Ground cover refers to a low spreading plant that forms a solid mat on top of the soil — typically only 1 to 3 inches tall. Some ground cover plants are “stepable” — meaning that they can tolerate low traffic and can be used as part of a pathway or between pavers and flagstones.
Ground covers are an attractive substitute for a top-dressing of mulch or compost. They can retain moisture in the soil underneath and shade the roots of other plants, keeping the soil cool while adding a lush look to the landscape.
Some types of ground cover need little or no supplemental watering so they are perfect in full sun in rock gardens or between the stones of a patio or walkway.
Woolly Thyme (Thymus lanuginosus) is an example of a bulletproof option. It likes hot sun, does best with little water, and does not need rich soil (though it does need good drainage). Woolly Thyme may not grow much in the winter, or become a little spotty, but it quickly rebounds in early spring.
Ground covers like Blue Star Creeper (Isotoma fluviatilis) hug the earth, making a tight mat less than an inch tall. The tiny flowers of the Blue Star Creeper make it quite beautiful along a pathway or a driveway or around stepping stones in a garden path. Tenacious but not invasive, it does best in rich soil and moderate moisture but will tolerate less-than-ideal conditions.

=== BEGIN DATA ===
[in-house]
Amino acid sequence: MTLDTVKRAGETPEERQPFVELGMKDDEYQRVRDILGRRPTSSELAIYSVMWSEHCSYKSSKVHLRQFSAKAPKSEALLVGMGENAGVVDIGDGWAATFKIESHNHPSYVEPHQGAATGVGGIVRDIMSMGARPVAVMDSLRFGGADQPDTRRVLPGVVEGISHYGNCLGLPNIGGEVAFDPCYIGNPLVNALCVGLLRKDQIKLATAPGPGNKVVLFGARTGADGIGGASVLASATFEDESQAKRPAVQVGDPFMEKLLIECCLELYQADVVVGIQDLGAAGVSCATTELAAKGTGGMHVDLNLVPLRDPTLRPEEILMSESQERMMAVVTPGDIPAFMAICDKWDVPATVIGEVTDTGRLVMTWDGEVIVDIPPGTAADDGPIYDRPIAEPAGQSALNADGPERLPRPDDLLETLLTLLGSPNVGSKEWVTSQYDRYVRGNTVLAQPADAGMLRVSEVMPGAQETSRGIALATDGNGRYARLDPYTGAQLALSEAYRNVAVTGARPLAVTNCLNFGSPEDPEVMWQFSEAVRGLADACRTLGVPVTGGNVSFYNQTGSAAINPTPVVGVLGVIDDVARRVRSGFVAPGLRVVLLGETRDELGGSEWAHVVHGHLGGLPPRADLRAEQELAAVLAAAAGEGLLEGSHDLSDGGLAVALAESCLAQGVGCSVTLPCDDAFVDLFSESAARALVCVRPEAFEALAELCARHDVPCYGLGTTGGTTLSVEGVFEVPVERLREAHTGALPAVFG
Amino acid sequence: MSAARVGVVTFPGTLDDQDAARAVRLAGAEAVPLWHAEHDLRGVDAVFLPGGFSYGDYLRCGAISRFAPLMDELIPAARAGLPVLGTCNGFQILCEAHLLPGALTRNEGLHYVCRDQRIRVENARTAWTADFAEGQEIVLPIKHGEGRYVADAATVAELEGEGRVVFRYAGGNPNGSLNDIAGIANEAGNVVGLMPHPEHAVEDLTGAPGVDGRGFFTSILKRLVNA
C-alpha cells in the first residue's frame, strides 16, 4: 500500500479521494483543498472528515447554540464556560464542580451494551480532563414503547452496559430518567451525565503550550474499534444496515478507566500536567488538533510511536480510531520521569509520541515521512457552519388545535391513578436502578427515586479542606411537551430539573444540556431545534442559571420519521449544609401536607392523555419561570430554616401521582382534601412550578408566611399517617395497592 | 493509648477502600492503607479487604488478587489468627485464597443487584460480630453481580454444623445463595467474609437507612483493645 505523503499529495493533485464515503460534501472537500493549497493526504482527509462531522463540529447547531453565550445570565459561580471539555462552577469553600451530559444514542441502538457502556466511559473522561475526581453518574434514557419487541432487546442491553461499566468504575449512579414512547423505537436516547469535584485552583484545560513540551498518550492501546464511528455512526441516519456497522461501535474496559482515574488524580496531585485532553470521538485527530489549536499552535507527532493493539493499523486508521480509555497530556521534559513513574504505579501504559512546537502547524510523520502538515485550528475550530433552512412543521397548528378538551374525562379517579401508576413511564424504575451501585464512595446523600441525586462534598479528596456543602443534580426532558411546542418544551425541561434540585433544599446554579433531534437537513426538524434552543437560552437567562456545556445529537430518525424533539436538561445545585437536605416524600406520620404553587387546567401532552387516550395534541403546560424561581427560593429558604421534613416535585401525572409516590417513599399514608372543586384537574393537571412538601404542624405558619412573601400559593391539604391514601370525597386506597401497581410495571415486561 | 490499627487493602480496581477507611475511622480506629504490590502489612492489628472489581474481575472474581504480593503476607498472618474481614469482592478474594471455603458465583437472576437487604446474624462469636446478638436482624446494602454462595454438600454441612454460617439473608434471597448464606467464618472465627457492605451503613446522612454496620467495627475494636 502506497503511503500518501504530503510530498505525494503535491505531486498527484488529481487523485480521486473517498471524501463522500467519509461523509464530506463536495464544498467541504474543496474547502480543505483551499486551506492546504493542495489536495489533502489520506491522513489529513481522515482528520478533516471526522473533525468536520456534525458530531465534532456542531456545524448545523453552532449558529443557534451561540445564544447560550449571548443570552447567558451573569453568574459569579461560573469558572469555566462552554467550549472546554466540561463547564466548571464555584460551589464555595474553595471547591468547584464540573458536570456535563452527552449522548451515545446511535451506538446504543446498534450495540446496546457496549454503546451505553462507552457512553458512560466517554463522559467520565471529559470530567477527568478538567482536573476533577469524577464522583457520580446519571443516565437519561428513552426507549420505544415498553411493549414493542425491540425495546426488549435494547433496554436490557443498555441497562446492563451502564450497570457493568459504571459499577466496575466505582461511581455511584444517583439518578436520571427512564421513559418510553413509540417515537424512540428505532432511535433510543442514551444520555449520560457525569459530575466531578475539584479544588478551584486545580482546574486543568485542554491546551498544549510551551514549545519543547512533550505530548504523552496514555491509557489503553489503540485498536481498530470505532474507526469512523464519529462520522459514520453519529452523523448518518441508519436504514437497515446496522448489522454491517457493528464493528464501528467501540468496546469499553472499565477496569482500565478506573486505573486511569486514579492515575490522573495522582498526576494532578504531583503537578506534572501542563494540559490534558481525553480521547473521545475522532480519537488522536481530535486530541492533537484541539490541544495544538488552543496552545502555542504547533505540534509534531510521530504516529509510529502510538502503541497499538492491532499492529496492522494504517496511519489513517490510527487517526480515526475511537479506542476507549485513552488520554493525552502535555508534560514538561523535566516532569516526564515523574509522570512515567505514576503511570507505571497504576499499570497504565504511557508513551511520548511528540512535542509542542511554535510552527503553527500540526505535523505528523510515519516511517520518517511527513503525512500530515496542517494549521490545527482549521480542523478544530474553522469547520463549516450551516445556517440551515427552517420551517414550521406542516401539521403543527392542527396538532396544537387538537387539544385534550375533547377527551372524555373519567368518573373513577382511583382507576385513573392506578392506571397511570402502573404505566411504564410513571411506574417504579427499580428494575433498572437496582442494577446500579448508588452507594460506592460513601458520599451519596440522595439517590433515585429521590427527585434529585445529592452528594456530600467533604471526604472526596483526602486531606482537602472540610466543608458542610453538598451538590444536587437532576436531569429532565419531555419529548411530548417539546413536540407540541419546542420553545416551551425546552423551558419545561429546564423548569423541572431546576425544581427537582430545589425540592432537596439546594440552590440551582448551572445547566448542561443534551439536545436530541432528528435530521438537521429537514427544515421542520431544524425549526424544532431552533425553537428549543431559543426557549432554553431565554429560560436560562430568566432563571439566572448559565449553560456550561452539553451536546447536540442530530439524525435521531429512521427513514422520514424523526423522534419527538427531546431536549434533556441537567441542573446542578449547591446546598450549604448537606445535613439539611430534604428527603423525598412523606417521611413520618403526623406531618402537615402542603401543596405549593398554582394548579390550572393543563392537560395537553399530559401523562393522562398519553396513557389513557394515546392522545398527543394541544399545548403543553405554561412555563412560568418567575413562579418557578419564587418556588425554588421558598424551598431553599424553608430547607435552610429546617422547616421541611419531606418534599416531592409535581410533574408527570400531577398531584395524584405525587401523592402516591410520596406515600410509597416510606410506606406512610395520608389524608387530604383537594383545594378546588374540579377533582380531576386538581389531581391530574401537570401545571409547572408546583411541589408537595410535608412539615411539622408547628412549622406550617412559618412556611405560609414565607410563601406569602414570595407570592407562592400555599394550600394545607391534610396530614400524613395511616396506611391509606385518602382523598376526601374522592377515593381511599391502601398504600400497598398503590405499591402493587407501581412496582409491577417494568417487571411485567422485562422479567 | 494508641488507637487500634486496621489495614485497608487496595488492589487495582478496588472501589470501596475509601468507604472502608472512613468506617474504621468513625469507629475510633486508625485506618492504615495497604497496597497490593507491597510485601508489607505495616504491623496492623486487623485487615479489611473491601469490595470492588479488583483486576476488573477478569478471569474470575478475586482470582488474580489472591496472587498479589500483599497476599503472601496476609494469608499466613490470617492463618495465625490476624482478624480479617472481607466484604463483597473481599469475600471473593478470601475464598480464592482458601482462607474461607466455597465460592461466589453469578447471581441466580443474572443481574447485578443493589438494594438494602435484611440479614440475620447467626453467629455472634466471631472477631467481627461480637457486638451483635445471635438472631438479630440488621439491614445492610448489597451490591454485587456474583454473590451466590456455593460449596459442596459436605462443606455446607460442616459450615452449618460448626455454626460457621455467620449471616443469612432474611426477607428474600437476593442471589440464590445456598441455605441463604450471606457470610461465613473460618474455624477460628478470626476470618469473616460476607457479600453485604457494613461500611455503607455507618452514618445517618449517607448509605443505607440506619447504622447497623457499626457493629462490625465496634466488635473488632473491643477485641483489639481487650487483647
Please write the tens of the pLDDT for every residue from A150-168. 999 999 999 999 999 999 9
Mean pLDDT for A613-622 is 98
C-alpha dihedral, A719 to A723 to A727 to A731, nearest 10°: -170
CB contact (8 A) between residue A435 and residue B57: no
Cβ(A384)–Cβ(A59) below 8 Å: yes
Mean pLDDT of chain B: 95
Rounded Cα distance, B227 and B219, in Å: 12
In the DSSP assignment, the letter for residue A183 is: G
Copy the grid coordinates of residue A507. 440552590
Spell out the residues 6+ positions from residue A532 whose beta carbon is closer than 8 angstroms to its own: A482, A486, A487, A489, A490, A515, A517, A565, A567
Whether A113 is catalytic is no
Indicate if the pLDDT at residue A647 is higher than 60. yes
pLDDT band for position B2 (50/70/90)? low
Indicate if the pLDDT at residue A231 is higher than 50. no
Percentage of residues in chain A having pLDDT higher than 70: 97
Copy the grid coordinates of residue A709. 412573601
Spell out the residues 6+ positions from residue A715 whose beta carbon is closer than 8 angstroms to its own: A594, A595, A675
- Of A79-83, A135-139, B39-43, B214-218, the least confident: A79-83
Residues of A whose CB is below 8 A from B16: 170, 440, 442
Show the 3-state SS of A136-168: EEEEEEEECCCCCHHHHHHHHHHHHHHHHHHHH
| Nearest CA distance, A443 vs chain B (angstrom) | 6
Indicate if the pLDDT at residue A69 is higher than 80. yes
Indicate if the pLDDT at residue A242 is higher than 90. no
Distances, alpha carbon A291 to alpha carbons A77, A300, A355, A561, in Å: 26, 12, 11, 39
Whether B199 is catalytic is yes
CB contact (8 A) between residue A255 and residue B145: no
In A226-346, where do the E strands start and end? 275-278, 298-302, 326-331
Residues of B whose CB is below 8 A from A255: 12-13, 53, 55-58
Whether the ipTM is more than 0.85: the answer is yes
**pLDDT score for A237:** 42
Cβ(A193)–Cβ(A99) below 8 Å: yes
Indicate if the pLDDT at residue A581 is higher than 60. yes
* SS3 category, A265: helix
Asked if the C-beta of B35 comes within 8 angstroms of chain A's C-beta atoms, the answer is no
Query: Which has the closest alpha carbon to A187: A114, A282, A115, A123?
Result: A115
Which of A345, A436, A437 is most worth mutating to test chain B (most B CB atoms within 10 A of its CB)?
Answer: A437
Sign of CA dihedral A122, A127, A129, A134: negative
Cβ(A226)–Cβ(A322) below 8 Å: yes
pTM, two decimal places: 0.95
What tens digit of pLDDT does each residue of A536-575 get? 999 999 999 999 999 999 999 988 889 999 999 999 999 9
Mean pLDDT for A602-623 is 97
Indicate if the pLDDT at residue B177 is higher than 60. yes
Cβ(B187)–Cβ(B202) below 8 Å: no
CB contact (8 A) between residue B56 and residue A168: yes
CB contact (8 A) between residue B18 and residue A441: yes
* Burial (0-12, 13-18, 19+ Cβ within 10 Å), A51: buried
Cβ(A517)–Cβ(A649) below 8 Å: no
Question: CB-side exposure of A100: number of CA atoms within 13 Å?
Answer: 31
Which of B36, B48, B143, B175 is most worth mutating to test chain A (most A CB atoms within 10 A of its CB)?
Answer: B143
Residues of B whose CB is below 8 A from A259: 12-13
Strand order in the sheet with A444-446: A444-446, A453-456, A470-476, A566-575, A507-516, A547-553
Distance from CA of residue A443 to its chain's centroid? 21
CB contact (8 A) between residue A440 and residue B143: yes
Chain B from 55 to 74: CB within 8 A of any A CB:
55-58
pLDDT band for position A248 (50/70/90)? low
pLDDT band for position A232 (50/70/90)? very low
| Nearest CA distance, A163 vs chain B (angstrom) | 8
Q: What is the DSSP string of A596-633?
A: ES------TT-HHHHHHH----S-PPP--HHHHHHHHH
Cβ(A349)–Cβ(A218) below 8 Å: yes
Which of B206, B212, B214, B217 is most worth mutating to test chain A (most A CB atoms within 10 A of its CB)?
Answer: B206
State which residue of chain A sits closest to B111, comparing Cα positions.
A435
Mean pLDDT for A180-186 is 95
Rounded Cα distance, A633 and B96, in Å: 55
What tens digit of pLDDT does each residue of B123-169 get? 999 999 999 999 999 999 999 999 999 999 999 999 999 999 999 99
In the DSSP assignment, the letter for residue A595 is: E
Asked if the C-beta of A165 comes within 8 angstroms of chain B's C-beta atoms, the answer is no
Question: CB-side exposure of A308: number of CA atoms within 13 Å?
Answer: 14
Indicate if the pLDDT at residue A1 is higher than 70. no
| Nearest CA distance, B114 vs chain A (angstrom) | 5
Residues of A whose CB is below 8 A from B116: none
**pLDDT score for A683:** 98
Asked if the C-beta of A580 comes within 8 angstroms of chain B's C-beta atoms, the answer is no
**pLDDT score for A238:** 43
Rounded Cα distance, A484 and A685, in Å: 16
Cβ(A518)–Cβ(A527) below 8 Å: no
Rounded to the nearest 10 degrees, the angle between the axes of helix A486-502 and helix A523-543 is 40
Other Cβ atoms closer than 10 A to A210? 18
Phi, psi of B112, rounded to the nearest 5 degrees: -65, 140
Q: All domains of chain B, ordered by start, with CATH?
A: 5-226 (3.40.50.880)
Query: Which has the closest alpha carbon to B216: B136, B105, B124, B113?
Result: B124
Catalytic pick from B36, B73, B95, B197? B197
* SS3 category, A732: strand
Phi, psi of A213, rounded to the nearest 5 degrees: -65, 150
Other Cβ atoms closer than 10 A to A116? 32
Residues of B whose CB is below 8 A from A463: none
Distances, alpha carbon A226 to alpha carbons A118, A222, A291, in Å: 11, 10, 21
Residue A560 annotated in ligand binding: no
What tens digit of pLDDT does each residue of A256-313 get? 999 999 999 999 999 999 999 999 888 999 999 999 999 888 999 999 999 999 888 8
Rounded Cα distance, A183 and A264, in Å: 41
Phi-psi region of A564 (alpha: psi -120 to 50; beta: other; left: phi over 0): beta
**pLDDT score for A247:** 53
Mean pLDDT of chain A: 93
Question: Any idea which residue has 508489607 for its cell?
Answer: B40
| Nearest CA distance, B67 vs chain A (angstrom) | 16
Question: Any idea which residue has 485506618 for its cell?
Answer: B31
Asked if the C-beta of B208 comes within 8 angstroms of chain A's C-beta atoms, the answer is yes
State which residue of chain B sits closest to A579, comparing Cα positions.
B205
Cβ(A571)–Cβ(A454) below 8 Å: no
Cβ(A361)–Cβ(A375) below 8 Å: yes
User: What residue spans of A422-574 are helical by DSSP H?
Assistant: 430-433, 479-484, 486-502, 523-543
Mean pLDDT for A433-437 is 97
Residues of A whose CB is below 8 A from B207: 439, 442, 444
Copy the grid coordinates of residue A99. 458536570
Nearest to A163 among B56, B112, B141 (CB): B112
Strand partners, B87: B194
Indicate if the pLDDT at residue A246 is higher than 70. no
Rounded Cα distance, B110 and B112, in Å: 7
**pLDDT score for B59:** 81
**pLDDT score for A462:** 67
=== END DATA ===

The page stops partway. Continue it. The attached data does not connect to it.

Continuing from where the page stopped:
Other options for ground covers are landscape plants, used en masse. These work well in areas where walking is not a requirement, such as slopes and parking strips. You can even use taller plants as lawn substitutes where mowing is a hassle. Examples include grasses up to 12 inches or taller, and vines like Illumination Periwinkle (Vinca minor ‘Illumination’) for shaded areas.
When selecting plants to be used as ground cover, think about growth rate. You want them to fill in quickly to cover the space. Also consider color, texture and when they bloom — you want them to complement surrounding plantings.
While most ground covers are hardy and low maintenance, you’ll need to give them some help at first. If an area is very weedy, deal with the weeds before planting so your ground cover won’t be competing with aggressive plants. You will need to be vigilant about weeding until the plants fill in, and you’ll want to provide supplemental water until the roots are well established.
In a hurry? For more immediate results, plant closer together to reduce the time required to achieve full coverage.
Need some help with garden design? Contact me to begin your plan for summer and year round.